From the inception of the department, the plan was to hire experienced officers who are POST certified. They are also federally trained and certified through the Bureau of Indian Affairs.
"Tribes all over the country take different approaches. For us, we did not want to overthink things," Brown said. "Let's get qualified individuals looking for a job. It's a mix of people who have done it all."
Hotsky himself is a longtime veteran of the Connecticut state police who got his start as a New London police officer. He spent 17 years with the statewide narcotics task force and a brief stint in the casino unit when Foxwoods opened in 1992.
Mohegan police work with security officers and surveillance teams that monitor hundreds of cameras throughout the casino. Surveillance officers are often the first to spot a potential crime, everything from thefts and bad conduct to cheating at one of the gaming tables. Surveillance teams track any police activity on the casino floor.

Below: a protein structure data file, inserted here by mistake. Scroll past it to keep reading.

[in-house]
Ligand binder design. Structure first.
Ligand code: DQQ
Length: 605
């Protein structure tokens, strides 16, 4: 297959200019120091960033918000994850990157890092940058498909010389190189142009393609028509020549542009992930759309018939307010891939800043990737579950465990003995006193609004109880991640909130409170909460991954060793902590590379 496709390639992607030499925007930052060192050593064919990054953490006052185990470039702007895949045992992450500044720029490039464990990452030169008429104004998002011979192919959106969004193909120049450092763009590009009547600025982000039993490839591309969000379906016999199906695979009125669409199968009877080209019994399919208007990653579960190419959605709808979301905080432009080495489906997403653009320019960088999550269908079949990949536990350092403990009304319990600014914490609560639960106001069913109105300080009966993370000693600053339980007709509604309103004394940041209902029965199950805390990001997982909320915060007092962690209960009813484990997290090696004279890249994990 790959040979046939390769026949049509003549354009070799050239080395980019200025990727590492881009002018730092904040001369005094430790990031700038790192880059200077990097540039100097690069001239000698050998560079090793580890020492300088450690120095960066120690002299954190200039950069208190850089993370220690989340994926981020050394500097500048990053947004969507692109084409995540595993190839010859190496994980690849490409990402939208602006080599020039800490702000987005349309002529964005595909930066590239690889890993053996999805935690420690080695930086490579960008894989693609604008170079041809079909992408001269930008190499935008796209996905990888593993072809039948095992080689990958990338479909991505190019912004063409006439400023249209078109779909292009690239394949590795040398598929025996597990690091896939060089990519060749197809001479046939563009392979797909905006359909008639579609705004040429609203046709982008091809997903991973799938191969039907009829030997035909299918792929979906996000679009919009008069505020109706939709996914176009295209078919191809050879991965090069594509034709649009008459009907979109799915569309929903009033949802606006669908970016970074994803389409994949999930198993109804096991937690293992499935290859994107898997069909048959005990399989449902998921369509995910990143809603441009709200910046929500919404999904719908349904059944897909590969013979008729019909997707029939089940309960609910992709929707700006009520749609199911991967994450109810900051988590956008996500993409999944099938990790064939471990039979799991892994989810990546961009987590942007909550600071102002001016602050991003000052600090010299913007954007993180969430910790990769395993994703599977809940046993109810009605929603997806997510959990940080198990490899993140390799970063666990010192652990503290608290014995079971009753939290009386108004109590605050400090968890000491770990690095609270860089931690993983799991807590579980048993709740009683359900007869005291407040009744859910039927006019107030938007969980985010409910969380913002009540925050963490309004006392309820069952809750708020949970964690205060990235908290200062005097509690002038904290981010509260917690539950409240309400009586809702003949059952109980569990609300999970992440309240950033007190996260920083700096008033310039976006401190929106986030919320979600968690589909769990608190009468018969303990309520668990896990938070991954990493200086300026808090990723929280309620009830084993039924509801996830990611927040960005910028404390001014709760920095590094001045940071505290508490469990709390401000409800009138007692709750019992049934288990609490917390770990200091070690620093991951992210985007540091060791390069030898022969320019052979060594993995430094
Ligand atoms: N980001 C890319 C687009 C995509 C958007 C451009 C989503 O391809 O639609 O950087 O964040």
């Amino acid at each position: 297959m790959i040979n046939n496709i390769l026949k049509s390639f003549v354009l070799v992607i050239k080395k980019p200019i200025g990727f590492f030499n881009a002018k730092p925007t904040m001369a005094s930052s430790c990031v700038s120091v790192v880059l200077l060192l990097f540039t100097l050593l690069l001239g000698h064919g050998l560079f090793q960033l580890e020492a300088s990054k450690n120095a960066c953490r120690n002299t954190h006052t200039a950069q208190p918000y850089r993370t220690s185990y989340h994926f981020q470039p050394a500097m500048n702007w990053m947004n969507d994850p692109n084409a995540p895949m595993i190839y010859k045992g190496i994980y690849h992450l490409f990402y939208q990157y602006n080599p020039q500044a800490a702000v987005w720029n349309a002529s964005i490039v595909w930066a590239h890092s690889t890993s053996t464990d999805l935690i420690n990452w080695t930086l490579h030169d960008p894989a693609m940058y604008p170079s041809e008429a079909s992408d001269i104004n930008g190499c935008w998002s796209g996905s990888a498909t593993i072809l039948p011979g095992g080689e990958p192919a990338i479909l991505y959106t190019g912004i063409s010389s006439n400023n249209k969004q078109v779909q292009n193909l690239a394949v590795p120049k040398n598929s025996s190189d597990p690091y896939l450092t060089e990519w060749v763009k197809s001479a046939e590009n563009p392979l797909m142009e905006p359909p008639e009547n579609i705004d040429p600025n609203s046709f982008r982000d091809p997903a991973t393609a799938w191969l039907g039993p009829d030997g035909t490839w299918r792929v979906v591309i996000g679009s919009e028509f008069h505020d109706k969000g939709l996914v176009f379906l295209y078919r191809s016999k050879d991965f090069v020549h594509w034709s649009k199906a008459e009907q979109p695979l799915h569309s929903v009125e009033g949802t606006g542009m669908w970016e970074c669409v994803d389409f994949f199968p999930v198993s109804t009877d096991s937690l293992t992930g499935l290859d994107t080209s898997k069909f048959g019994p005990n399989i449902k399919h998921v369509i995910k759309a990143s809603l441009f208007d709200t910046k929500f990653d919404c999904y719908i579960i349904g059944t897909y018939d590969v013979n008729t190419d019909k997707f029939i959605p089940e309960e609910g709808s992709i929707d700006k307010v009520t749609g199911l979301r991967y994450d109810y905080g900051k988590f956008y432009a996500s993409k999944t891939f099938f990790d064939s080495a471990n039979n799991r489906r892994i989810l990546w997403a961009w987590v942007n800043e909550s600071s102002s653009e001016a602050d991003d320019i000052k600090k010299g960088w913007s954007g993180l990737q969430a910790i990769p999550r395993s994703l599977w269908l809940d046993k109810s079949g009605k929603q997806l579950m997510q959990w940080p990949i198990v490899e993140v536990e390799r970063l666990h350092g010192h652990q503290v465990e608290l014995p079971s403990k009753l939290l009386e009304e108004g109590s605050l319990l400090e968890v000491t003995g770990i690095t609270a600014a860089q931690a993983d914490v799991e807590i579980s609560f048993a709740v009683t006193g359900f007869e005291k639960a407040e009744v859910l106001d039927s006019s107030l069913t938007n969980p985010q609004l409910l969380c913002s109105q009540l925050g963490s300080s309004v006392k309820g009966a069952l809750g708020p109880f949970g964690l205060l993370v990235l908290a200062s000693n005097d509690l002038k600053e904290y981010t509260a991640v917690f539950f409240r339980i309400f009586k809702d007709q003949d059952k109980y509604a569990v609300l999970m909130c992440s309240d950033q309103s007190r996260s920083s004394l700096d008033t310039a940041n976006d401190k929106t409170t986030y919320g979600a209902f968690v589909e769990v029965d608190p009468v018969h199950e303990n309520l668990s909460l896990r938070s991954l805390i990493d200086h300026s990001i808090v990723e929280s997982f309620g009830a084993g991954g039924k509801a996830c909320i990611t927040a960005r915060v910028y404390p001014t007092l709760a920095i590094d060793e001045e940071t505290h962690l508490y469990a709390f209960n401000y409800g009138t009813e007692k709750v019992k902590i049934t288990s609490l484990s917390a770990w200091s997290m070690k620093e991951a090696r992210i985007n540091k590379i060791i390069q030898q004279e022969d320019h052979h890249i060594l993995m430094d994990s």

"Find another city that has as many cameras as we have," Brown said. "This may very well be the safest place around."
Hotsky said the number of officers on patrol varies depending on events at the casino: a minimum of four officers and as many as eight at a Mohegan Sun Arena show, depending on the type of show. The department also has a substation on the concourse near the arena with a temporary holding cell.
Mohegan has two courts, Mohegan Gaming Disputes Court and Mohegan Tribal Court, but criminal issues have always, and will continue, to be handled by the state court system.
While they are not without felony arrests, Hotsky said Mohegan property "is the wrong place for a criminal to go."